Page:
Anekāntavāda And Syādvāda: Samabhirūḍhanaya (The Etymological Standpoint)

Published: 26.01.2012
Updated: 02.07.2015

The etymological standpoint represents an advance upon the standpoint of synonyms although it is narrower in its scope than the latter. Its advance consists in the fact that it distinguishes the meanings of synonymous words purely on their etymological grounds.[1] The synonyms Indra, Śakra and Purandara denote, according to the conventional approach (ruḍhiḥ, upacāraḥ) of śabdanaya, the same individual whereas they do not so if their difference in their etymological derivation is taken into consideration[2] Indra, for instance, signifies one who is 'all prosperous' and the other two names signify one who is 'the all powerful' and the 'destroyer of the enemies'[3] respectively.

"Hence the difference in the roots" as a critic remarks in this connection "must mean a corresponding difference in the terms and therefore in their meanings." Had it not been for this standpoint a jar (ghaṭa), in the opinion of an old writer, would become indistinguishable from linen (paṭa).

The truth of this viewpoint is based on the following two principles in the Jaina philosophy of language: The first principle is that whatever is knowable is also expressible. That is knowledge, or the meaning of anything in reality, is not possible except through the means of word.[4] The second principle is that, strictly speaking, there can be only one word for one meaning and vice versa.[5] Accordingly, several words which are conventionally supposed to convey one and the same meaning, have in actual fact as many meanings as the number of words, found there.[6] That is, this principle does not recognise any synonymous terms but maintains a determinate relation between a meaning and its word (vācyavācakaniyama). It may be contended that the non-recognition of synonymous terms under samabhirūdanaya contradicts the recognition of such terms under śabdanaya. The nayavādin does not see any contradiction between the two standpoints. This is so because, according to him, samabhirūḍhanaya applies Strieker canons of etymological derivation and grammatical propriety than is done by śabdanaya which treats words in a rough and ready manner at the level of uncritically acepted conventions of usage. Since the two principles, just referred to, are going to be dealt with at some length in the process of their application to some important problems in syādvāda, it is unnecessary to enlarge upon their further implications here.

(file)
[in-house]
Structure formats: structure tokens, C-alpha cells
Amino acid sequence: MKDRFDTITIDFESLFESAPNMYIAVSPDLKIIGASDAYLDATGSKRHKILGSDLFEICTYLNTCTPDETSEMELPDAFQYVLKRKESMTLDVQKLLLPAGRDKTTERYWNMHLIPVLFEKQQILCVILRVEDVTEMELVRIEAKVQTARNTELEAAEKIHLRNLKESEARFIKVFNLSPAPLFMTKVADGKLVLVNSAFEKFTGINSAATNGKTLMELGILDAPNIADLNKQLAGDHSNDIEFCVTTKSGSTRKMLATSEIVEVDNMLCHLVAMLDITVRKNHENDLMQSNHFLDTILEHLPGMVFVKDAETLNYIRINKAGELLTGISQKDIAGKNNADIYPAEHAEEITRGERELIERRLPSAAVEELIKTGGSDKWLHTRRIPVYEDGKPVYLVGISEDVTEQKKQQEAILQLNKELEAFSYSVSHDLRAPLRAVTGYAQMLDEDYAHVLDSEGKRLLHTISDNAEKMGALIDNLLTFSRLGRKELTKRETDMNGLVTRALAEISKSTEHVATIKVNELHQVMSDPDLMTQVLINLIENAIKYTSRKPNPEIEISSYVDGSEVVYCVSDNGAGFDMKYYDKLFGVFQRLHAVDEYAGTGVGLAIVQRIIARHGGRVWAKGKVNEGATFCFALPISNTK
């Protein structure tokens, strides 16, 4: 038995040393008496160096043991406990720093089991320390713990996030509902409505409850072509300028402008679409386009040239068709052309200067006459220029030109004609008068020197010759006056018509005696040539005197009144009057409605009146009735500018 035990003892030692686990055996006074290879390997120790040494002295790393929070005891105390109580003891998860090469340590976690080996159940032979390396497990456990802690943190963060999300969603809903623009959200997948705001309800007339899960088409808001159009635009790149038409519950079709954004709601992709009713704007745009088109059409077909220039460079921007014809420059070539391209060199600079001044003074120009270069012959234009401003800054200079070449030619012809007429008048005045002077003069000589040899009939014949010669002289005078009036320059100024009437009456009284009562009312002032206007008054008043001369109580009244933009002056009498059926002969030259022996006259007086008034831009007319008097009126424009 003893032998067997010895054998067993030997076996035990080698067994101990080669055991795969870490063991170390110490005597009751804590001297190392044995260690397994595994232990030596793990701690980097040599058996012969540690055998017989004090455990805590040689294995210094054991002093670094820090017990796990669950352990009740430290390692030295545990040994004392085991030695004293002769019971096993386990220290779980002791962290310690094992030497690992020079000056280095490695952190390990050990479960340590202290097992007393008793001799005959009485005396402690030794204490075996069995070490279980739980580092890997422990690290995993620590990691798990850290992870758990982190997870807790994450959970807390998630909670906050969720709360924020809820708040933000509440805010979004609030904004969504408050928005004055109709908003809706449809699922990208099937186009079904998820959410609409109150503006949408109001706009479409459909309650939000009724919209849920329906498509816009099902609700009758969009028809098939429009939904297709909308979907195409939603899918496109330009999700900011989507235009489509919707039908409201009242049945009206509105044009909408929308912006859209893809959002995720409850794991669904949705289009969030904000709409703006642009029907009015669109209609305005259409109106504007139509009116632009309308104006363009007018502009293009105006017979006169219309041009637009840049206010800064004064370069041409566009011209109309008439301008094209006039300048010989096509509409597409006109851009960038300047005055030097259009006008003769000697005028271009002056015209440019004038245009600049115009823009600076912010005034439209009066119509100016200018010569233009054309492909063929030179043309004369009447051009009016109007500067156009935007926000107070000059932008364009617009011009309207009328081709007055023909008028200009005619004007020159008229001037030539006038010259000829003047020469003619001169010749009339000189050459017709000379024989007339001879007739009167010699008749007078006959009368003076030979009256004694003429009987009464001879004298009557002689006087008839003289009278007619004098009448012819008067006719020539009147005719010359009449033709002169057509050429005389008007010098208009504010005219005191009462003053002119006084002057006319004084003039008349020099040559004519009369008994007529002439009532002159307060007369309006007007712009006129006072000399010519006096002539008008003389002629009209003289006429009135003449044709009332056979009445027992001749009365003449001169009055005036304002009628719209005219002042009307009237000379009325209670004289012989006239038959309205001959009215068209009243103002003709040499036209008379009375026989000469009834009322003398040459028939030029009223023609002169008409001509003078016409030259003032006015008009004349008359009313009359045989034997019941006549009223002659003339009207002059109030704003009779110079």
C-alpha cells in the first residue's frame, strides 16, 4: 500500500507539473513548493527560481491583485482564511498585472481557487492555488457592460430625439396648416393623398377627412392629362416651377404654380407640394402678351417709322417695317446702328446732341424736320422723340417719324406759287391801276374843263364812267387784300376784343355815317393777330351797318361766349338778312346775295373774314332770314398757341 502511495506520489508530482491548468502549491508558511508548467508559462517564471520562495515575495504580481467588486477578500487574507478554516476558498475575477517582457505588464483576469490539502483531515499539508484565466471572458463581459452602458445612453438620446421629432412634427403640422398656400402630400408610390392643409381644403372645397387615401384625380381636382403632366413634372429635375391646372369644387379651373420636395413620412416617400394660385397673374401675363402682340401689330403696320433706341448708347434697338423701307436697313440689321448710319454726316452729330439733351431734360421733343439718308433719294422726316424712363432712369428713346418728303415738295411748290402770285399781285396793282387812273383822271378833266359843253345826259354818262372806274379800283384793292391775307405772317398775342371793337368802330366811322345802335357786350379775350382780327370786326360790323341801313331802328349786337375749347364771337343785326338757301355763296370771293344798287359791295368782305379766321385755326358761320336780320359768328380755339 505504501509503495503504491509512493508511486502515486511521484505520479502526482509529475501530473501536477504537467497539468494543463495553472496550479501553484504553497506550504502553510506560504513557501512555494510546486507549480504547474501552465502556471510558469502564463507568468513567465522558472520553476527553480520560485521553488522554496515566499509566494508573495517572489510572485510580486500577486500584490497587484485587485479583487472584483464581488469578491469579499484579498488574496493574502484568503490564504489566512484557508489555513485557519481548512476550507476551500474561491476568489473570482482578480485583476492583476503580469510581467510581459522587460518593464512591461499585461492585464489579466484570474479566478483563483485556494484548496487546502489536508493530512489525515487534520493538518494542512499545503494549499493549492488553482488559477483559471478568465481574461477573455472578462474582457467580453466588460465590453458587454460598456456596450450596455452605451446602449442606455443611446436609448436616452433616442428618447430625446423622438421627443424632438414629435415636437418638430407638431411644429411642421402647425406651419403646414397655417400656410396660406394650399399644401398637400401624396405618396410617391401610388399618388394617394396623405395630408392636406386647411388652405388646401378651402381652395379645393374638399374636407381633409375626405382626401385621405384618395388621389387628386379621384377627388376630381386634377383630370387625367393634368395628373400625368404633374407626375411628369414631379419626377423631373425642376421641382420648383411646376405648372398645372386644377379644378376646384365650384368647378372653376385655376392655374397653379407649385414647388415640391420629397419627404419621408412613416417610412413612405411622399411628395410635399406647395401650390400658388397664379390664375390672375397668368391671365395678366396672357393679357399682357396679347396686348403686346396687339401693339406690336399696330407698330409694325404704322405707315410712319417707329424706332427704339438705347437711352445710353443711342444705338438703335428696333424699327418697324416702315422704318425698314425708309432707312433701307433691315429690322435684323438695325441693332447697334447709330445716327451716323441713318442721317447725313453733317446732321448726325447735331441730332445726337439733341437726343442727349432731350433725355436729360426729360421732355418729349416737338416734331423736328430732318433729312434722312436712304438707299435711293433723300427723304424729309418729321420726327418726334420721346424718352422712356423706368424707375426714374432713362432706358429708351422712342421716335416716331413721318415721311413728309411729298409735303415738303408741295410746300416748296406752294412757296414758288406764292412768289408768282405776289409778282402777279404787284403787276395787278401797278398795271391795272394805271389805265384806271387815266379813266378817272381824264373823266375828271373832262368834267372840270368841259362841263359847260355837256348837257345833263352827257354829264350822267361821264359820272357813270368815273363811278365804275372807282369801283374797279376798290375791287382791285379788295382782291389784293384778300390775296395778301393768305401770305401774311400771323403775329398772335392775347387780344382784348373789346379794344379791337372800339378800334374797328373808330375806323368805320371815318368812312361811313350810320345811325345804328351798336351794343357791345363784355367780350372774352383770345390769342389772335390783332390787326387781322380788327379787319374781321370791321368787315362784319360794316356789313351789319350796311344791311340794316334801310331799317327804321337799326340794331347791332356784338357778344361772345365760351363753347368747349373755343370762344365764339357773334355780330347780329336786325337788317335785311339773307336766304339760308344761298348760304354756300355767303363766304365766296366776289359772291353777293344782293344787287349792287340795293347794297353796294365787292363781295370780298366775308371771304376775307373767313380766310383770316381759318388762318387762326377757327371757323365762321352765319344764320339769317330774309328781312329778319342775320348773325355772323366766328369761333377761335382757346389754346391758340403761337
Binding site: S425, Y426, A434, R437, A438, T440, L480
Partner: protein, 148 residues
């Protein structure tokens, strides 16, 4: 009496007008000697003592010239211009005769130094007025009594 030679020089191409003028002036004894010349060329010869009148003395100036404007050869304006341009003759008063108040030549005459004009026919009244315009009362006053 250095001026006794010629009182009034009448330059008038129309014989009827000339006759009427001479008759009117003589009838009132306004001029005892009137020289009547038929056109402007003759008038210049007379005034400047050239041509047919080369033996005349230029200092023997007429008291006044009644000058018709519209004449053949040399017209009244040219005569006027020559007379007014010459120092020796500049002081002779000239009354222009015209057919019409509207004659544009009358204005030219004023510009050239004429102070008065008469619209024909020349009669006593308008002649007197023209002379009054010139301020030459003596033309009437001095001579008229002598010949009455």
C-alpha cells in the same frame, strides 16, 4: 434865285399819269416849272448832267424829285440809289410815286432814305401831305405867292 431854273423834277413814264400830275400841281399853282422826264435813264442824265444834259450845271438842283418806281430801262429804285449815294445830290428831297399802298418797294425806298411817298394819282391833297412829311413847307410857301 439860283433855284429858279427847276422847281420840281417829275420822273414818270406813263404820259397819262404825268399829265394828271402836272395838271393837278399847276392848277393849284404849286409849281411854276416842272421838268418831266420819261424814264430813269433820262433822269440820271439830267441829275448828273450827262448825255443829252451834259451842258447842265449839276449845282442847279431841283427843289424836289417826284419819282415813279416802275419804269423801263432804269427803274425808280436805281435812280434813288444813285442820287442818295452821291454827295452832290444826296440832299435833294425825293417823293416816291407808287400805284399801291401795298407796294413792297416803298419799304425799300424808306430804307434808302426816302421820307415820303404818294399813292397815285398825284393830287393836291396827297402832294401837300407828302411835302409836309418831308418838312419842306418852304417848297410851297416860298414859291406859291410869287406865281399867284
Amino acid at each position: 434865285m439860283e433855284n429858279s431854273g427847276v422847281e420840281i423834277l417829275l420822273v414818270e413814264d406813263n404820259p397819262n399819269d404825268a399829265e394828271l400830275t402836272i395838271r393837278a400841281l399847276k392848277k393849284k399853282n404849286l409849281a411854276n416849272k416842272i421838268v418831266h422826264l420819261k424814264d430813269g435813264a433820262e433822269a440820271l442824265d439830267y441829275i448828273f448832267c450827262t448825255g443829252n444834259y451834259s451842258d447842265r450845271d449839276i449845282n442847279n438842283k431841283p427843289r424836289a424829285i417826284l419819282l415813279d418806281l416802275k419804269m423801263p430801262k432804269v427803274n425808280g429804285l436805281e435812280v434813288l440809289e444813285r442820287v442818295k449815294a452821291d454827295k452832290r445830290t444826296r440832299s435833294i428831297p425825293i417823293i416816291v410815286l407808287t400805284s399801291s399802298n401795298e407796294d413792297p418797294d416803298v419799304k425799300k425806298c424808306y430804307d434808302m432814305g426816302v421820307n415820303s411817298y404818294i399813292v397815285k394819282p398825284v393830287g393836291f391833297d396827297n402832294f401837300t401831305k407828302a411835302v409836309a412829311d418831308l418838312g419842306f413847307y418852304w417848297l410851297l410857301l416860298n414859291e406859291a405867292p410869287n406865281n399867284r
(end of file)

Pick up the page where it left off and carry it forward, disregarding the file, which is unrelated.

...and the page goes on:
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Published by:
Jain Vishwa Bharati Institute
Ladnun - 341 306 (Rajasthan) General Editor:
Sreechand Rampuria
Edited by:
Rai Ashwini Kumar
T.M. Dak
Anil Dutta Mishra

First Edition:1996
© by the Authors

Printed by:
Pawan Printers
J-9, Naveen Shahdara, Delhi-110032

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Some texts contain  footnotes  and  glossary  entries. To distinguish between them, the links have different colors.
  1. Avaktavya
  2. Indra
  3. JAINA
  4. Jaina
  5. Mysore
  6. Siddhasena
  7. Syādvāda
  8. Syāt
  9. Tattvārthasūtra
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